“In those four months we essentially redesigned the wetsuits (5mm and 4mm) top-to-bottom with the inclusion of a refit of the zipper panel. Between the manufacturer and Finisterre, it was a rollercoaster of emotion dealing with both sides. But I believe the defining piece of what people will see in this new production is a suit that took into account every comment that was made. No comment was overlooked and we've built this to their specifications.”
One of the major wins with this suit is its longevity. Finisterre haven’t set about producing a disposable item. However there’s an inevitable trade-off in wetsuit manufacturing between performance and durability. Mat D'Ascoli used his decades of manufacturing experience across the wetsuit spectrum to produce something which takes a little from both worlds – the aim being to produce a durable and repairable item.
People tend to forget that the wetsuit is prolonging your life in the most inhospitable environments and they are doing it as a recreation.
“Taking bits of dive and military application, we've put in neoprene that tends to age better than some others,” says Mat. “The actual make up is confidential, but any person who has their old wetsuit on hand can compare where we made the difference. We've simply brought the Finisterre mantra of quality into the wetsuit offering.”
"A wetsuit is one of the most challenging products to make," Tom Kay agrees. "Suits have to fit like a glove, be warm, not rub and allow you to surf without getting tired. Despite all that goes into these design variables, most people treat their's badly, ripping them off on the tarmac, leaving them in the sun and peeing in them. So yes it’s a challenge."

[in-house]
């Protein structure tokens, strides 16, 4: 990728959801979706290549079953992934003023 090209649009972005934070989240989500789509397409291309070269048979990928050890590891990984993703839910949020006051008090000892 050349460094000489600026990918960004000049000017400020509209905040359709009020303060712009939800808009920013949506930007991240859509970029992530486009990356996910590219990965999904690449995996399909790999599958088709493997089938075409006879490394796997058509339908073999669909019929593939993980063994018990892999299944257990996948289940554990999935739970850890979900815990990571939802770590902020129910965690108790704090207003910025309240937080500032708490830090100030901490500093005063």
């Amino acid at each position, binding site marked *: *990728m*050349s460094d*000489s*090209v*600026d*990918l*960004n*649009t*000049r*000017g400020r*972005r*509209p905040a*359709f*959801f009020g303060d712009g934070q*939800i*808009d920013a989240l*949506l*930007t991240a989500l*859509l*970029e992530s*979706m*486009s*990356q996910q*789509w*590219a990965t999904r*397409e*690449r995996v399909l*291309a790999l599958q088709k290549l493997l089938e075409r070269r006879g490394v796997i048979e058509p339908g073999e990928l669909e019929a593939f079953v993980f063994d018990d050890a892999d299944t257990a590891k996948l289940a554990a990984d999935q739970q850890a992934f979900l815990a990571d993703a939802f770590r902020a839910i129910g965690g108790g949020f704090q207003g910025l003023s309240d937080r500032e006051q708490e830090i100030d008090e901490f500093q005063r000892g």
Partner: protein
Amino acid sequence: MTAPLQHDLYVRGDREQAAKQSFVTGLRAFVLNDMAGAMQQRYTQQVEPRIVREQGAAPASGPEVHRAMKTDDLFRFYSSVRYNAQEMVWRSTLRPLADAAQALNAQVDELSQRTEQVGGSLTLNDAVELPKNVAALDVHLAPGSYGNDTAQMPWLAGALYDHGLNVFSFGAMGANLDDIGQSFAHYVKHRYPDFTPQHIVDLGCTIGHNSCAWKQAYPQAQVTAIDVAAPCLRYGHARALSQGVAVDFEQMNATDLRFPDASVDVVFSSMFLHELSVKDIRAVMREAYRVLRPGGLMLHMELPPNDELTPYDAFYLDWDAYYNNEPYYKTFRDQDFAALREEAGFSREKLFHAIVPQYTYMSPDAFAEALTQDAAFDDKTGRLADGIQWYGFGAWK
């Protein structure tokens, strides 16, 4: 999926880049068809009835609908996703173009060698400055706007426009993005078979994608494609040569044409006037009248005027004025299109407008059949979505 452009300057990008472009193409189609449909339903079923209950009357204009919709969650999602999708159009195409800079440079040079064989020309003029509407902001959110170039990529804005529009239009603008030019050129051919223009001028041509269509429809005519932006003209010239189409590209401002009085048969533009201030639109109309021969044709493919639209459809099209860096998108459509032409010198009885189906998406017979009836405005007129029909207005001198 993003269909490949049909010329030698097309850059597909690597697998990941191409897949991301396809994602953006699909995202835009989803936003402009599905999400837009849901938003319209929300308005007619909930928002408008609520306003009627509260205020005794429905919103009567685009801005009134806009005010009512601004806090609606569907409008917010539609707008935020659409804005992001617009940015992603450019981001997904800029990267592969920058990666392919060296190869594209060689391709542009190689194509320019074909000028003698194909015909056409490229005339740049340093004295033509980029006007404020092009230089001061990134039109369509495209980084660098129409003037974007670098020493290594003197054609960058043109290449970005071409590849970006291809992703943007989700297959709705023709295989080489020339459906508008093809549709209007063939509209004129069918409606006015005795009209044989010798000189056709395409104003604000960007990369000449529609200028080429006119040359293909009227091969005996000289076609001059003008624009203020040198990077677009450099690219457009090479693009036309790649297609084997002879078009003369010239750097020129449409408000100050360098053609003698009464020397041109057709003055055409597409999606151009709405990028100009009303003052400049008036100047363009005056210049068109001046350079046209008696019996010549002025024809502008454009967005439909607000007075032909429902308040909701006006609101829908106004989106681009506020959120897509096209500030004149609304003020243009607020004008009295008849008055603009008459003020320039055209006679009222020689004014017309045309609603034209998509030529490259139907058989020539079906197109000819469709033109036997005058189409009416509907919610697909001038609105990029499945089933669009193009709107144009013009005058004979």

“People tend to forget that the wetsuit is prolonging your life in the most inhospitable environments and they are doing it as a recreation. No one actually needs to wear wetsuits or be in the water for that matter. But we tried to create something that balances both durability and flexibility and can be worn through multiple seasons with the right care."
This is year one. Listening to feedback, the next set of suits will include a female range. In choosing to only launch with a male line they copped a bit of flack. It’s the internet after all….
“The big item we will be offering next is a women's line in both 5mm and 4mm models,” Tom tells us. “Heavy focus will be on fit, more so than the men's line. I've read the multiple messages of dismay (and sometimes hate) on why we didn't have an offering for women this current season. It is safe to say that we're concentrating every effort into getting our fit correct.
“No longer will women have to try on wetsuits that are horrendously too long in the arms and legs or have to worry whether their suit is a 'European or Australian cut'. Frankly, I had never heard of this until I went to a wetsuit meeting in Europe and had a great laugh. Not a single woman in the room with guys 'anticipating' what woman needed.
“Mind you, all of them were single and didn't have a clue what cup size actually meant, nor did they understand that you can't use cup size in measuring wetsuits. (For general information, you never use a woman's cup size as the wetsuit isn't "cupping" anything. You use the bust circumference as a unit of measurement.) But we are different, and we will listen to every Finisterre woman out there.”
While the Finisterre suits won't be dropping until late October, you can preorder yours here.